On 'Front Lines of Climate Change,' Baltimore Lawsuit Aims to Hold 26 Fossil Fuel Companies Accountable

Baltimore, Maryland on Friday became the latest city to file suit against major oil and gas companies, aiming to hold them accountable for the “potentially catastrophic” damage that the global climate crisis—which is largely the result of burning fossil fuels—is increasingly inflicting on coastal communities the world over.

“We’re now on the front lines of climate change because melting ice caps, more frequent heat waves, extreme storms, and other climate consequences caused by fossil fuel companies are threatening our city and imposing real costs on our taxpayers.”
—Baltimore Mayor Catherine Pugh

“These oil and gas companies knew for decades that their products would harm communities like ours,” declared Baltimore City Solicitor Andre Davis. “They could have warned us. They could have taken steps to minimize or avoid the damage.”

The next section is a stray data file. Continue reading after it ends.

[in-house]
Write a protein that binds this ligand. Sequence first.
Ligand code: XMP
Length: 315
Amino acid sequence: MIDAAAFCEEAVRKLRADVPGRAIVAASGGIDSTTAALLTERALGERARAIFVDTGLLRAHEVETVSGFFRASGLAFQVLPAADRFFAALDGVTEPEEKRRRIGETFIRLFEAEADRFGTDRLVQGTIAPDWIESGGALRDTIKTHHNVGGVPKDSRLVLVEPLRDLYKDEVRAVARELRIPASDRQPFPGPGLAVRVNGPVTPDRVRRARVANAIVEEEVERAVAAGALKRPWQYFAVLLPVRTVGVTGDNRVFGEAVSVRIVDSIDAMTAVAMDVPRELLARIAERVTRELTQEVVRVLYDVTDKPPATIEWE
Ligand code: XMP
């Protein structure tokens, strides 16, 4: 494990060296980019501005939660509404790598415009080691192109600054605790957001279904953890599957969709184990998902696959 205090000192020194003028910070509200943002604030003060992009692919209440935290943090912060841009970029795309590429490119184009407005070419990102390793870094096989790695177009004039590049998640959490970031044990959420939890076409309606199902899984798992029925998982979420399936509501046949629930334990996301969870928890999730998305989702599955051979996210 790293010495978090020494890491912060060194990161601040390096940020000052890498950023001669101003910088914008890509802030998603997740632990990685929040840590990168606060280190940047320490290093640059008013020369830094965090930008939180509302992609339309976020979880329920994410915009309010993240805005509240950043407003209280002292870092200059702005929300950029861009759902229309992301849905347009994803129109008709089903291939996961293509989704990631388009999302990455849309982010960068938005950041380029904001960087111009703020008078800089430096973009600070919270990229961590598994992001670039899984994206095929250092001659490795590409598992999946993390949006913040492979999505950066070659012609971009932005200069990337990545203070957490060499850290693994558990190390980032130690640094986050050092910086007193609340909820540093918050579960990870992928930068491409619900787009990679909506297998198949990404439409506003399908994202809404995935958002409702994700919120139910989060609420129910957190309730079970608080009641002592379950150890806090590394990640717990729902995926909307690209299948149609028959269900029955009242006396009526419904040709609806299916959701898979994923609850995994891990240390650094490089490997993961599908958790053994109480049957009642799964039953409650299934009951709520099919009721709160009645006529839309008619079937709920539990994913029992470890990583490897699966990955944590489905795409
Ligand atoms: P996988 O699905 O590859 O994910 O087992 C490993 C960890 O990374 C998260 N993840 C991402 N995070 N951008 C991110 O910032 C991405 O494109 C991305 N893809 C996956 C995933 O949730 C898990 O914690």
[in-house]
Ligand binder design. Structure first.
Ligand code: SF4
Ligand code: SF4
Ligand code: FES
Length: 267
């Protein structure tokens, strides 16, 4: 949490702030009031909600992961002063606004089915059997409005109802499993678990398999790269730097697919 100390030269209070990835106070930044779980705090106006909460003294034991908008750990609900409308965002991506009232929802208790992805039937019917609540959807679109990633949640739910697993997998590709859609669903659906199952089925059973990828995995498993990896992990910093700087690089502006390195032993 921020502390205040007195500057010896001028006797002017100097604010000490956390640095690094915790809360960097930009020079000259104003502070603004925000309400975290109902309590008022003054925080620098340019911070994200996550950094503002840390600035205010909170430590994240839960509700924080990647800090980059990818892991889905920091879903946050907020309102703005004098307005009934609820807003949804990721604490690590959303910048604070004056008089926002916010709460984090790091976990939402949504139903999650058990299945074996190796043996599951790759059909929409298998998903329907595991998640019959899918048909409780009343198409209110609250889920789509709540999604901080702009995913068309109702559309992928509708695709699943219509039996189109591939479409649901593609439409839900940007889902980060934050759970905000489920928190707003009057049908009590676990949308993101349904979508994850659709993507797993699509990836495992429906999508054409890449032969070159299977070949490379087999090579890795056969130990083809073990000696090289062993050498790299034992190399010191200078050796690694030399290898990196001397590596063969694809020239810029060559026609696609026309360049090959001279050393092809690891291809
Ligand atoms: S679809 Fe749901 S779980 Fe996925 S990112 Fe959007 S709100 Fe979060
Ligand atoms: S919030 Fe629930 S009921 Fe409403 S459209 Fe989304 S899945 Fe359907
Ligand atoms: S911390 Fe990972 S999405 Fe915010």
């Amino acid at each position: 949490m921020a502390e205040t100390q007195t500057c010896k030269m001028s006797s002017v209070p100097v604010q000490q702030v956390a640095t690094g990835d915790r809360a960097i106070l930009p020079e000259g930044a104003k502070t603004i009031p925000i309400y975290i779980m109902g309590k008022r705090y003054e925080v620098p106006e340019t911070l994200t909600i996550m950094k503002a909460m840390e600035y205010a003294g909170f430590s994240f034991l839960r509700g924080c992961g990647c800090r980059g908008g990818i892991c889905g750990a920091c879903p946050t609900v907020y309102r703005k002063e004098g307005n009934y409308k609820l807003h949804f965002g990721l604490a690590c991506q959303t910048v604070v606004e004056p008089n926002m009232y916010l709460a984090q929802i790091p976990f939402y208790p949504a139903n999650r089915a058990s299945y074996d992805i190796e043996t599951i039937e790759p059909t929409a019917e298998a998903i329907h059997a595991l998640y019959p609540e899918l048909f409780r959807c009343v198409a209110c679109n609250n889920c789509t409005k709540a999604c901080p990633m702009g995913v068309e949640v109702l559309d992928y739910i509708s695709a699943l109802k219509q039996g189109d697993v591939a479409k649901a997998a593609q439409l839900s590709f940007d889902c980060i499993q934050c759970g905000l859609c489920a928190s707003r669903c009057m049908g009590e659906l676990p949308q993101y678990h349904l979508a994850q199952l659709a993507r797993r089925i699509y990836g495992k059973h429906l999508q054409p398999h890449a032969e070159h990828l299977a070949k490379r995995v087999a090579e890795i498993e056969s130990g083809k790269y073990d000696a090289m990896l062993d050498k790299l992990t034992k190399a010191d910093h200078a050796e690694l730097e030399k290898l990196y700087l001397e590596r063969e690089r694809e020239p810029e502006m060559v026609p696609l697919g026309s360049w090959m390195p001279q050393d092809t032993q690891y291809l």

“In fact, they had a responsibility to do both, but they didn’t, and that’s why we are taking them to court,” Davis added. “Baltimore’s residents, workers, and businesses shouldn’t have to pay for the damage knowingly caused by these companies.”

Filed on Friday in the state’s Circuit Court for Baltimore City, the lawsuit (pdf) names 26 companies—including BP, Chevron, ConocoPhillips, and ExxonMobil, and Royal Dutch Shell—some of which have been common targets in other climate liability suits filed across the country.

The city’s suit outlines how these companies have misled the public about the risks of their products and reaped enormous profits, all while pouring greenhouse gases into the Earth’s atmosphere that have resulted in “global warming, rising atmospheric and ocean temperatures, ocean acidification, melting polar ice caps and glaciers, more extreme and volatile weather, and sea level rise.”

Baltimore is the East Coast’s fifth-largest city, and features some 60 miles of waterfront. Lisa Anne Hamilton of the Center for International Environmental Law (CIEL) warned that the climate crisis “poses increasingly urgent and calamitous risks to Baltimore residents,” noting that “in just the past two years, the Baltimore area was hit by two catastrophic ‘once in a 1,000 year’ storms.”

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